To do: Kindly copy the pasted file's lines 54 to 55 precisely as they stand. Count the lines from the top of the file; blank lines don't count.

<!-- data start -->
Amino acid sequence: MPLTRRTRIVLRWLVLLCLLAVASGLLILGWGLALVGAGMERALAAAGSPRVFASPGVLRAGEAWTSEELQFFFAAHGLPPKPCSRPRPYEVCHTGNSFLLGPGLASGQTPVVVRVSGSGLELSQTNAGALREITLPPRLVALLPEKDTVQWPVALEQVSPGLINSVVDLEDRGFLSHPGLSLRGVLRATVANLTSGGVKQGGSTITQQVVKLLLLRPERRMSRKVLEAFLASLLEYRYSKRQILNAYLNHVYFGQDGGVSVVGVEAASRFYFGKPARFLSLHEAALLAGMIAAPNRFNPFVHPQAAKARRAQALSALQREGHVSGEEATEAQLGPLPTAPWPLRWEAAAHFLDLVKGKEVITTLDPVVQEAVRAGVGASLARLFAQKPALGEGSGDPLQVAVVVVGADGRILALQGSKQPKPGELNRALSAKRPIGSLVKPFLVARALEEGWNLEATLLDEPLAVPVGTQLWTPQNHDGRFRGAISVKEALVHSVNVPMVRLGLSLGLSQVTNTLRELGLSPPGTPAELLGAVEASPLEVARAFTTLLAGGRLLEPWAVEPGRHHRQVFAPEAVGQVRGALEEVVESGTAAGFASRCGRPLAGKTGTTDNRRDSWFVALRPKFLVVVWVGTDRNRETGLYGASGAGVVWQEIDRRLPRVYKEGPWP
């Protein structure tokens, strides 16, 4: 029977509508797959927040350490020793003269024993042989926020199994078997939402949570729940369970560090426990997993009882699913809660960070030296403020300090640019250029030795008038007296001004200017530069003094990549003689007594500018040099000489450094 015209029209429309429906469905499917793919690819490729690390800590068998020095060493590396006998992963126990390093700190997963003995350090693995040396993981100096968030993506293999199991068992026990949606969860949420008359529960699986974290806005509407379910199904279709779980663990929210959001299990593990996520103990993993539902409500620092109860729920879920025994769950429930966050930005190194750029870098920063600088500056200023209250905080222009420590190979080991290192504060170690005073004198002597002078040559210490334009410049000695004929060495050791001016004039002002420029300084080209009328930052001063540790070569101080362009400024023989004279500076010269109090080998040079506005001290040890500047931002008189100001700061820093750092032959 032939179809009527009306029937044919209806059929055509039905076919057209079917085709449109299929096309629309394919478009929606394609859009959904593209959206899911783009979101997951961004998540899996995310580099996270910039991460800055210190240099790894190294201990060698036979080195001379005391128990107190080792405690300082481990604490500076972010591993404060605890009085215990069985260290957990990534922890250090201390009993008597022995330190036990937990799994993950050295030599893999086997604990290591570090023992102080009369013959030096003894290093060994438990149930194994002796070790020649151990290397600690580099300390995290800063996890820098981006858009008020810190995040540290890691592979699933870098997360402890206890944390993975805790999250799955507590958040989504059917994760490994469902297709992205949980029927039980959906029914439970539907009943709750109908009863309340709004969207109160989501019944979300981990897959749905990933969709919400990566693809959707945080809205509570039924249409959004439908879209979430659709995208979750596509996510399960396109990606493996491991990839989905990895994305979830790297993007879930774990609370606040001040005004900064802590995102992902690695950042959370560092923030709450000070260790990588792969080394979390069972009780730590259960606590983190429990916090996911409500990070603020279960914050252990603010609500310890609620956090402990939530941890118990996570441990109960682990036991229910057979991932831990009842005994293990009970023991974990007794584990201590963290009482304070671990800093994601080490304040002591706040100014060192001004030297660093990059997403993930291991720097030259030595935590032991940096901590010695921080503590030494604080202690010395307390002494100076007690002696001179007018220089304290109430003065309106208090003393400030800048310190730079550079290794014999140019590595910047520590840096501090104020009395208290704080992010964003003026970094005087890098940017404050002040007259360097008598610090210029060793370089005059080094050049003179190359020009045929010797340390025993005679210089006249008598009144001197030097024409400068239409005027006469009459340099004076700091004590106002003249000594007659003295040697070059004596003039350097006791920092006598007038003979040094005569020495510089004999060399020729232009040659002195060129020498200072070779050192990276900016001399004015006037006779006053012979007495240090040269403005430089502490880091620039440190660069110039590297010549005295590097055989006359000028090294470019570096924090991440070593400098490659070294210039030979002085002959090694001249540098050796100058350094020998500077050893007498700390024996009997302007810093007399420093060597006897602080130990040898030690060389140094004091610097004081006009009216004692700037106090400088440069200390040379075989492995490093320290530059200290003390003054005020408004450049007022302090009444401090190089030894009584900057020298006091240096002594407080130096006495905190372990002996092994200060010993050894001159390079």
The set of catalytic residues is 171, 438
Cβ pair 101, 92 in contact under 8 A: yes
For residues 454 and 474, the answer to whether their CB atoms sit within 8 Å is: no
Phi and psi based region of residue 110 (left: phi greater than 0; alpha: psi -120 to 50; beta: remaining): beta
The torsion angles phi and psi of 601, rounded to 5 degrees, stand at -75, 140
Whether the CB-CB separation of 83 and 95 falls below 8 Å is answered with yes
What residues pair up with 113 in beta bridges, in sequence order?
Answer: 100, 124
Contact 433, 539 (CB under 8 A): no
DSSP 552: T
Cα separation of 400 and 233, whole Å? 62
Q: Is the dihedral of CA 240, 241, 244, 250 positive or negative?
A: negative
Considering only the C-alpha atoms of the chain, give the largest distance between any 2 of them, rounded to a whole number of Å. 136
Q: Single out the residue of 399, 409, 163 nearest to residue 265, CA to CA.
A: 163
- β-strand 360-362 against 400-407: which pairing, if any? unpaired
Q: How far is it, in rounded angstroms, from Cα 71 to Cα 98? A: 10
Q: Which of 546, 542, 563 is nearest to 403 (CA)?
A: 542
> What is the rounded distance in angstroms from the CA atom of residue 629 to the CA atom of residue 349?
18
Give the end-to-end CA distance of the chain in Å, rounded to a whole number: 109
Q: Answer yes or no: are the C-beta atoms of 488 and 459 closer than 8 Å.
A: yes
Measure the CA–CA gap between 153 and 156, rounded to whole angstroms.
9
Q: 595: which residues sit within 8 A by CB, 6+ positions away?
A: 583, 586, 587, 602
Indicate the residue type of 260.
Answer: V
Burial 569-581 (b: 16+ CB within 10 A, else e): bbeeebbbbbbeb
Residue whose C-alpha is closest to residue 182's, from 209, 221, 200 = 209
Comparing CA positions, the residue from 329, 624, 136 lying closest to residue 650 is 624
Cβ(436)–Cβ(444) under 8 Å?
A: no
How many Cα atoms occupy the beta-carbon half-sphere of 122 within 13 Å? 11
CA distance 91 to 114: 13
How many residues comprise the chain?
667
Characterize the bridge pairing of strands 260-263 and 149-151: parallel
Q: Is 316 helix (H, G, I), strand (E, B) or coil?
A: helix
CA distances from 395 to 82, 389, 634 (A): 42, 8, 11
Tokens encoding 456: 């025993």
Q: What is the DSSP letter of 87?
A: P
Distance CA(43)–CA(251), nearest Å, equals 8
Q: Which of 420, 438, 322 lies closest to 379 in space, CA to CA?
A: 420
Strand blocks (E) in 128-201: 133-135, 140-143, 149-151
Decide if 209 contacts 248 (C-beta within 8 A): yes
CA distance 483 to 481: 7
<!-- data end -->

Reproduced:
Decide if 209 contacts 248 (C-beta within 8 A): yes
CA distance 483 to 481: 7